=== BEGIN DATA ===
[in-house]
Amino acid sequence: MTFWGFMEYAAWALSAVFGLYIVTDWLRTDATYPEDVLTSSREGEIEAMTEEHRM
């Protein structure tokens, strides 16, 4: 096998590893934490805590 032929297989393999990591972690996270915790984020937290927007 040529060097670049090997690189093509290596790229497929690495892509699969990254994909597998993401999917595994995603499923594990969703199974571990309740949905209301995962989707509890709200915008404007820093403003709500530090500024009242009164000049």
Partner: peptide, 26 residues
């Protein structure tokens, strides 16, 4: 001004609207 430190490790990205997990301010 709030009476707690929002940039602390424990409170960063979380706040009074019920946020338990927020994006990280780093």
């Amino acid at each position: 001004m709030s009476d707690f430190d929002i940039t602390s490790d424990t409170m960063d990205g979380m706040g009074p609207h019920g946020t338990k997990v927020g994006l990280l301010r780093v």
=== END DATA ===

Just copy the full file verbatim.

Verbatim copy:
[in-house]
Amino acid sequence: MTFWGFMEYAAWALSAVFGLYIVTDWLRTDATYPEDVLTSSREGEIEAMTEEHRM
């Protein structure tokens, strides 16, 4: 096998590893934490805590 032929297989393999990591972690996270915790984020937290927007 040529060097670049090997690189093509290596790229497929690495892509699969990254994909597998993401999917595994995603499923594990969703199974571990309740949905209301995962989707509890709200915008404007820093403003709500530090500024009242009164000049």
Partner: peptide, 26 residues
């Protein structure tokens, strides 16, 4: 001004609207 430190490790990205997990301010 709030009476707690929002940039602390424990409170960063979380706040009074019920946020338990927020994006990280780093």
């Amino acid at each position: 001004m709030s009476d707690f430190d929002i940039t602390s490790d424990t409170m960063d990205g979380m706040g009074p609207h019920g946020t338990k997990v927020g994006l990280l301010r780093v």